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I read the 2nd... and the third and the fourth..

Discussion in 'Legal' started by Guy B. Meredith, Jan 16, 2006.

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  1. Guy B. Meredith

    Guy B. Meredith Member

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    Going through old papers I found a set of copies of the Constitution, Declaration of Independence and others I had picked up on a visit to DC. This is the first time I have REALLY read the Bill of Rights.

    Firstly I was shook up to note that the 2nd amendment is actually the 4th and thought I had been sold a bogus item, but then noticed the first two originals were not ratified.

    Then I took a look at the comma usage. I have seen this as part of the 2nd amendment debate, but have never thought to compare the usage in the 2nd with the usage in the others. After reading the others it appears that there is either no standard of use (spelling was not standard either) or a different standard from current use.

    My take is that the commas are mostly irrelevant when translated to current usage and the 2nd should be read with a comma only after the word 'State'. The time spent on discussing the commas seems pointless leaving the definition of milita the only point of argument and writings from the period seem to seal that one simply enough.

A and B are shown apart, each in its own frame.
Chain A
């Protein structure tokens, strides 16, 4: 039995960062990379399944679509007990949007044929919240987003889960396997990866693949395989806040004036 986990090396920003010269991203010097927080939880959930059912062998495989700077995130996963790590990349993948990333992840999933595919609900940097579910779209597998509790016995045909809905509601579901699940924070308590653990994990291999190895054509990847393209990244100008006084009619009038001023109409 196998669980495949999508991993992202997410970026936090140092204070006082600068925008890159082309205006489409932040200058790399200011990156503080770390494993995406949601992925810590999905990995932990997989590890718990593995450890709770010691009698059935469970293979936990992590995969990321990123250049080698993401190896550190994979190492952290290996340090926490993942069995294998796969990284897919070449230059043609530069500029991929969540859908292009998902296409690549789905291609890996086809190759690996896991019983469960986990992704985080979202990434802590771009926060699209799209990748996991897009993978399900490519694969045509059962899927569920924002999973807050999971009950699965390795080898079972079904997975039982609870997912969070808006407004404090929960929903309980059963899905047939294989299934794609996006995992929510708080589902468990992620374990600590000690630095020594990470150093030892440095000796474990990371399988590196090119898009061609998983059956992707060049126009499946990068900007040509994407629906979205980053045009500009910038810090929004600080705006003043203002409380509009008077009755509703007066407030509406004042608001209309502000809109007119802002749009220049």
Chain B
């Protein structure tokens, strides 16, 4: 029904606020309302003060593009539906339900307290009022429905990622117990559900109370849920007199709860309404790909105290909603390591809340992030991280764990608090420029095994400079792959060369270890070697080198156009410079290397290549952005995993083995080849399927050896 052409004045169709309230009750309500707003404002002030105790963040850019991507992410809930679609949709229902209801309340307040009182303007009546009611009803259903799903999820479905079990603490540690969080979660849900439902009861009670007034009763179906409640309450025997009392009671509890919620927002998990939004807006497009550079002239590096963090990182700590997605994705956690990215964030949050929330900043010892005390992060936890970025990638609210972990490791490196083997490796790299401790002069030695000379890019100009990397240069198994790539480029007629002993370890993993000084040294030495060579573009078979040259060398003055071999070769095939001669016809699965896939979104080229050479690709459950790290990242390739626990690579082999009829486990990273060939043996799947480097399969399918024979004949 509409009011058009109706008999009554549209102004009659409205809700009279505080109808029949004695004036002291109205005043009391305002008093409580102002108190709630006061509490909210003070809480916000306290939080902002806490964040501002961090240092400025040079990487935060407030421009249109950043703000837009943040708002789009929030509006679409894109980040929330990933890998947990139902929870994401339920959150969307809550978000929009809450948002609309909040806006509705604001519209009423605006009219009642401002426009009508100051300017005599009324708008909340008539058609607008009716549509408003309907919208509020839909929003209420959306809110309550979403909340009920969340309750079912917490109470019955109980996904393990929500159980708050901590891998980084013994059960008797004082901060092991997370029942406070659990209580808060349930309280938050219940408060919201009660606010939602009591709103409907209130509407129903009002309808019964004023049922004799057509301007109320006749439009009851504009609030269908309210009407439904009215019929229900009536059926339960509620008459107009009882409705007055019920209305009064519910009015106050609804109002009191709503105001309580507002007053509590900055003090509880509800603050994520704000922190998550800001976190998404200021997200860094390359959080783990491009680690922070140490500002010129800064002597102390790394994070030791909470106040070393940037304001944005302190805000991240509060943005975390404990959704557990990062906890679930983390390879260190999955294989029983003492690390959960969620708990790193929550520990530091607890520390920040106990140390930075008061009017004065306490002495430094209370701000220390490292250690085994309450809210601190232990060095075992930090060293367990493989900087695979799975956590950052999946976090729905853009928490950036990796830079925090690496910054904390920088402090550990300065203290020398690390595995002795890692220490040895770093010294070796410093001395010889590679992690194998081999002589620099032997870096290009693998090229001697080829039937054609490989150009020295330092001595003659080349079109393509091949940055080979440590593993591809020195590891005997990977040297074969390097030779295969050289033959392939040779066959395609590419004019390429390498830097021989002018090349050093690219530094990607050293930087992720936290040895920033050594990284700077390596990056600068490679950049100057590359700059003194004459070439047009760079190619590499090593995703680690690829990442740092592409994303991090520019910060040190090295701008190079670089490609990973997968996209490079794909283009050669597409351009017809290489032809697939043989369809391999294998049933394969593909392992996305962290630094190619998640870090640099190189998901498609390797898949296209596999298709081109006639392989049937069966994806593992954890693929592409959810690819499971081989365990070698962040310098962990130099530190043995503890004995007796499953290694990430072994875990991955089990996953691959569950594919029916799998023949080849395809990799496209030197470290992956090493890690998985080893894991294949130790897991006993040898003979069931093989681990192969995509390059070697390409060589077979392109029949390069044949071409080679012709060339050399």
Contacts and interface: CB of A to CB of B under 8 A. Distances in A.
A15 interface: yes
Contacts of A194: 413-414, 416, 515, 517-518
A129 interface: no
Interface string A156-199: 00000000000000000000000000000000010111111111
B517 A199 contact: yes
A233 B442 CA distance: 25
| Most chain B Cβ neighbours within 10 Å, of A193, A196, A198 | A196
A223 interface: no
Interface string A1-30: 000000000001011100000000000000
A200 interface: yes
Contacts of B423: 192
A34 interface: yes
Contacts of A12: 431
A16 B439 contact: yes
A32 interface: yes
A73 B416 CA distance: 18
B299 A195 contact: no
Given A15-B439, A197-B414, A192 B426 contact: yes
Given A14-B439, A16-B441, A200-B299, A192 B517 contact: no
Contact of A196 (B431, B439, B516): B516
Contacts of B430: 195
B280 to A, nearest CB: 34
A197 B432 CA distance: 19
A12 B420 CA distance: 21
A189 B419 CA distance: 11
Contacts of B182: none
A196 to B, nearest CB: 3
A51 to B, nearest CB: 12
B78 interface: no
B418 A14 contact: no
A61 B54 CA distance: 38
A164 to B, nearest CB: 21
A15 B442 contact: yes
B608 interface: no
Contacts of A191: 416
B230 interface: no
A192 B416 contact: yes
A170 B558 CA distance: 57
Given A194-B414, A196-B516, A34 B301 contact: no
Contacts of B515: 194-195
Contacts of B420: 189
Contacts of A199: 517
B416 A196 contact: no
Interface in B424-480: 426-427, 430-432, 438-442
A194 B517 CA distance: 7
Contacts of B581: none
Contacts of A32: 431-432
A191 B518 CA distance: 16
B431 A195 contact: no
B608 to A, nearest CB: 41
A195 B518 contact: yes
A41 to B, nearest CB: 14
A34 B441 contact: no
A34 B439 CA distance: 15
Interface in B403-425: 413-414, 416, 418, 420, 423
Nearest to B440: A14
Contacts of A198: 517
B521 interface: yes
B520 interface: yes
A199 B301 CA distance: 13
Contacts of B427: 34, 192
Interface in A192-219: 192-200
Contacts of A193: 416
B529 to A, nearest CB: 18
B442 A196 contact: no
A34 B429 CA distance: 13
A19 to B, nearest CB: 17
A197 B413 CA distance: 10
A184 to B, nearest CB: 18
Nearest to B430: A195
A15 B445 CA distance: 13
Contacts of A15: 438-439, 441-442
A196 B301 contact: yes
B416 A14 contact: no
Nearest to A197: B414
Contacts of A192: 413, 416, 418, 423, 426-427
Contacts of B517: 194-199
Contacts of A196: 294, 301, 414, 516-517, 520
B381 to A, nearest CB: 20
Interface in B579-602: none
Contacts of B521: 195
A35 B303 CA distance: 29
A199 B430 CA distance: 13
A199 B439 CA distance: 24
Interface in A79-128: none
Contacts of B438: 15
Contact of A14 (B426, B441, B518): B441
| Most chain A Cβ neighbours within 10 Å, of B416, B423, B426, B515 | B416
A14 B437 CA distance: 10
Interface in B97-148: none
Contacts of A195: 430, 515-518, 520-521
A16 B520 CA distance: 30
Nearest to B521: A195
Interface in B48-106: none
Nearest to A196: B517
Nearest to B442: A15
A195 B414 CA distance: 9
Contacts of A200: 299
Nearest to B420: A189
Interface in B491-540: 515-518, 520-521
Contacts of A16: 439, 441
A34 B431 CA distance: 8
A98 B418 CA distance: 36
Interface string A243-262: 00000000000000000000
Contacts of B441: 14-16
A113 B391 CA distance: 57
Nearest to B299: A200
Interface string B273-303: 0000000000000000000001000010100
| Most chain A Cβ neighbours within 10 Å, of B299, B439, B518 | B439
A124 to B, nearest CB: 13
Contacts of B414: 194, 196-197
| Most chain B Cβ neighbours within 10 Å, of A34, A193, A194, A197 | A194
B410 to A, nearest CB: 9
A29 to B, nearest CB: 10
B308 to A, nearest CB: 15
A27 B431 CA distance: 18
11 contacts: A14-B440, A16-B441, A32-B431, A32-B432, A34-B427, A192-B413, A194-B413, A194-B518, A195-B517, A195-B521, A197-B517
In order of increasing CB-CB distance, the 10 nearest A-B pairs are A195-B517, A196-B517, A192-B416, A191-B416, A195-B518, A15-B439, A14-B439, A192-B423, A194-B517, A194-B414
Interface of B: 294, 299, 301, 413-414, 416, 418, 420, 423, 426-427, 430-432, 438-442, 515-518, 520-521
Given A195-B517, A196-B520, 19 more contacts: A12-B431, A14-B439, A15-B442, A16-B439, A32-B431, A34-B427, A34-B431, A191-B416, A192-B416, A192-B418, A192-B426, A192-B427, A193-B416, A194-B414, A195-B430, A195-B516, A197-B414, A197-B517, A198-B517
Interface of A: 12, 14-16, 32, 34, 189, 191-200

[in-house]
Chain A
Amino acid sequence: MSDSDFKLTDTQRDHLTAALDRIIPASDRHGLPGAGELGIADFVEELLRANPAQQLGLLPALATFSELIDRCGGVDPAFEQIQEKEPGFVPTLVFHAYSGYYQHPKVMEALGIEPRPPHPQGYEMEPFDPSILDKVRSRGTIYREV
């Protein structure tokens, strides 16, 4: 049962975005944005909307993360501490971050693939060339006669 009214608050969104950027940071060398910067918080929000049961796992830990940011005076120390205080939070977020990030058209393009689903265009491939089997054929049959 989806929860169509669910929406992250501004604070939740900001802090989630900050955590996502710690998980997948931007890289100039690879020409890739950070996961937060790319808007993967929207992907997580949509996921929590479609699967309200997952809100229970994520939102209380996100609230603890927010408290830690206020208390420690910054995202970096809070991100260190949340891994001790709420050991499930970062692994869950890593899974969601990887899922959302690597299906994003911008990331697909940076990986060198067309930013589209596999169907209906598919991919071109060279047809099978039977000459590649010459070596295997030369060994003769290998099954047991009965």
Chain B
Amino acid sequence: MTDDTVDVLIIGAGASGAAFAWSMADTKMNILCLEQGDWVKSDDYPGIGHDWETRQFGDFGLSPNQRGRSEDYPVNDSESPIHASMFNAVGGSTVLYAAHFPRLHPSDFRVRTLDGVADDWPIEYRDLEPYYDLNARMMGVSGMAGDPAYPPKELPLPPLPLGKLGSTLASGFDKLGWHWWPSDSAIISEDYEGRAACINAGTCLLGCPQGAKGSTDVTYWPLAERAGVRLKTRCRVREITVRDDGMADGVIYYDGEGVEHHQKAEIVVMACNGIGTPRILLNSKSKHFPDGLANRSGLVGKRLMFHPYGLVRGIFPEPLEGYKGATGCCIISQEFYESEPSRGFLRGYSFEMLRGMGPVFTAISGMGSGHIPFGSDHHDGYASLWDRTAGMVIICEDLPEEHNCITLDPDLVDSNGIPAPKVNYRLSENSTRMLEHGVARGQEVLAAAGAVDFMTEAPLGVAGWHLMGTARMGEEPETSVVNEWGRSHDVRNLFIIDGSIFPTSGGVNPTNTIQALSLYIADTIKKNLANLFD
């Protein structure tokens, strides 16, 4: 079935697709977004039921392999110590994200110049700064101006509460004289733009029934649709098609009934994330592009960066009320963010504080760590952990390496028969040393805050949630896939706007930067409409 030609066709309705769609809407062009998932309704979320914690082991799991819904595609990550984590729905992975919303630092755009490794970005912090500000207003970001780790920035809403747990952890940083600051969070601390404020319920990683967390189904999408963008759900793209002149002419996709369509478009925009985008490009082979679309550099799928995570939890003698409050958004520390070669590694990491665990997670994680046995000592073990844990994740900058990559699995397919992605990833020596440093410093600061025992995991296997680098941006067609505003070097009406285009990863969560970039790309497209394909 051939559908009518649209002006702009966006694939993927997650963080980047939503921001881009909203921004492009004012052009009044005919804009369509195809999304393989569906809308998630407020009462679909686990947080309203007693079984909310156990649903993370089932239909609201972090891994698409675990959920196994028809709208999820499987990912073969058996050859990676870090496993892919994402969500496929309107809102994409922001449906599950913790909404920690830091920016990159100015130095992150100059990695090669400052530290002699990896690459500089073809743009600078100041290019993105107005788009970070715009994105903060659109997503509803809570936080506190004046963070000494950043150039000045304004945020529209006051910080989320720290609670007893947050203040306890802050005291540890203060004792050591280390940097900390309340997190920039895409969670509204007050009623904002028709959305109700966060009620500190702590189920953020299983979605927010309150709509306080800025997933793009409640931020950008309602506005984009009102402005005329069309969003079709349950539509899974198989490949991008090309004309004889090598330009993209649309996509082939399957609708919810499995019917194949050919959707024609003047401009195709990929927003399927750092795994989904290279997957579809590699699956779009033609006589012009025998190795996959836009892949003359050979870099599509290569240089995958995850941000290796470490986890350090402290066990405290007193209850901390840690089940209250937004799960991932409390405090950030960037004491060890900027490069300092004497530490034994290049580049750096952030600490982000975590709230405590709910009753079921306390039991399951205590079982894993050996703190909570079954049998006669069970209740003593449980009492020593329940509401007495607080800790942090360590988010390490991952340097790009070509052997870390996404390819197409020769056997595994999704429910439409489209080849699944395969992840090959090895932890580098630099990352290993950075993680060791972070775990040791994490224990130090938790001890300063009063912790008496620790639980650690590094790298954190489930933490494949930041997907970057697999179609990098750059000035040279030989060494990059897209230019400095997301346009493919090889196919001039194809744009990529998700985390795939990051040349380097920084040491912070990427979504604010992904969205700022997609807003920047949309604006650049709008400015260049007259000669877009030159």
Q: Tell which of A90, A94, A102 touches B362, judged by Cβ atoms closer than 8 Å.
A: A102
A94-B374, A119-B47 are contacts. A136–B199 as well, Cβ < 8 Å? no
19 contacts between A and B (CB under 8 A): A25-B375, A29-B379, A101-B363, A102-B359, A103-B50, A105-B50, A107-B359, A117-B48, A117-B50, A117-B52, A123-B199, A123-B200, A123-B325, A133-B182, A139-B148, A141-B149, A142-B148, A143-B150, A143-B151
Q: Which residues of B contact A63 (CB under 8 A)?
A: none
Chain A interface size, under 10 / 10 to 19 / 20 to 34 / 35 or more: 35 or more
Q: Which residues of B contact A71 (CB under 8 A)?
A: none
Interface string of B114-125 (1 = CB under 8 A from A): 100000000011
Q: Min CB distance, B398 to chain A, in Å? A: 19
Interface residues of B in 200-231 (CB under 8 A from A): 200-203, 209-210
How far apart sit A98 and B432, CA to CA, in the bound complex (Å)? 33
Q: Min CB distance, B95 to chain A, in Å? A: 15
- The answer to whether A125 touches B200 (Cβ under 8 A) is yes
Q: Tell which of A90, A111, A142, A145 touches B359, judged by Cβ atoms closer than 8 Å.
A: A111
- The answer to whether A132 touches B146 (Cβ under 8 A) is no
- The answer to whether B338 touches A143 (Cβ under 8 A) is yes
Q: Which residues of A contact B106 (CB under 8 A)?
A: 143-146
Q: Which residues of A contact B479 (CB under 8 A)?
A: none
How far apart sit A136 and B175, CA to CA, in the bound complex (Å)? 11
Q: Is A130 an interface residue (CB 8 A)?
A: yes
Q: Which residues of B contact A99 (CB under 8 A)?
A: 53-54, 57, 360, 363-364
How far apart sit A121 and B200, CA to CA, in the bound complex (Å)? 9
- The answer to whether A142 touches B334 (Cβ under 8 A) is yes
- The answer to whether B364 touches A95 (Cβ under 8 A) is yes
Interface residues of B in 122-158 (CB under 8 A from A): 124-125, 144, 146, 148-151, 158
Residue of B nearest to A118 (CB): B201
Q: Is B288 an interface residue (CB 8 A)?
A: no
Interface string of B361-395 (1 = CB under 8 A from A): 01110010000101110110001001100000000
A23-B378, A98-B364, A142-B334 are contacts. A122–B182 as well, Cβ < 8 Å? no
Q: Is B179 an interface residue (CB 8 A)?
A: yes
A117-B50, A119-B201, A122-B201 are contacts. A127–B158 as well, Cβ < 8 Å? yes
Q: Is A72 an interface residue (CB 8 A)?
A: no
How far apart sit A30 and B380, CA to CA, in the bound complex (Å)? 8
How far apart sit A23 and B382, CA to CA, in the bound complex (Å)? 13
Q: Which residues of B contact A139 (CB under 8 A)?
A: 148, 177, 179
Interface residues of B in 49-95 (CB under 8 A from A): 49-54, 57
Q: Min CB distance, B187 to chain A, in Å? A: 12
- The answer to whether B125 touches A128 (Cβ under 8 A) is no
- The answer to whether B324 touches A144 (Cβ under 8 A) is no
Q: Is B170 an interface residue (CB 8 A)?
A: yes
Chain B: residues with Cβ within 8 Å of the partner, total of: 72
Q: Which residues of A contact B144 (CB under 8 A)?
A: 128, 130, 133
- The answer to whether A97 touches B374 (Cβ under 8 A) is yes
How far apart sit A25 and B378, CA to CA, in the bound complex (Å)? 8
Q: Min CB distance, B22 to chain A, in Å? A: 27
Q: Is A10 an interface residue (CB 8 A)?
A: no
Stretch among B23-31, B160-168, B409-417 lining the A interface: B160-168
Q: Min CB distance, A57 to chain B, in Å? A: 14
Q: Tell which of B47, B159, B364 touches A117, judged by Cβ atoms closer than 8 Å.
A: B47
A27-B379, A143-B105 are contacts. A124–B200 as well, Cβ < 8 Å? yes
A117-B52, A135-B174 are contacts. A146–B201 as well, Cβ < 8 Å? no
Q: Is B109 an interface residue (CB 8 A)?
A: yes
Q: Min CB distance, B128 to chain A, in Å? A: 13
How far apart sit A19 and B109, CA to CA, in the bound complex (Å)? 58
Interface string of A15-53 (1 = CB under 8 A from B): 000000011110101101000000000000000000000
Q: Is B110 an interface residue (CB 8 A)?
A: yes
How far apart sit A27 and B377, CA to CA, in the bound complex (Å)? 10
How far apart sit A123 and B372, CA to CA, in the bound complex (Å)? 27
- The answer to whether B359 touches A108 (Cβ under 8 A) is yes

Amendment II with original commas:

    A well regulated Militia, being necessary to the security of a free State, the right of the people to keep and bear Arms, shall not be infringed.

    With current usage:

    A well regulated Militia being necessary to the security of a free State, the right of the people to keep and bear Arms shall not be infringed.

    A look at other early amendments and comma usage:

    Amendment III

    No Soldier shall, in time of peace be quartered in any house, without the consent of the Owner, nor in time of war, but in a manner to be prescribed by law.

    Amendment IV

    The right of the people to be secure in their persons, houses, papers, and effects, against unreasonable searches and seizures, shall not be violated, and no Warrants shall issue, but upon probable cause, supported by Oath or affirmation, and particularly describing the place to be searched, and the persons or things to be seized.
     
  2. Harve Curry

    Harve Curry Member

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    Like this:
     
  3. Guy B. Meredith

    Guy B. Meredith Member

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    Yes. Again spelling was not standardized, nor capitalization I think.
     
  4. taliv

    taliv Moderator

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    As I generally use commas to replicate the pauses found in verbal communication, as well as to separate clauses in a sentence, I rather think, that neither is incorrect, and that copious use of punctuation, is to be desired.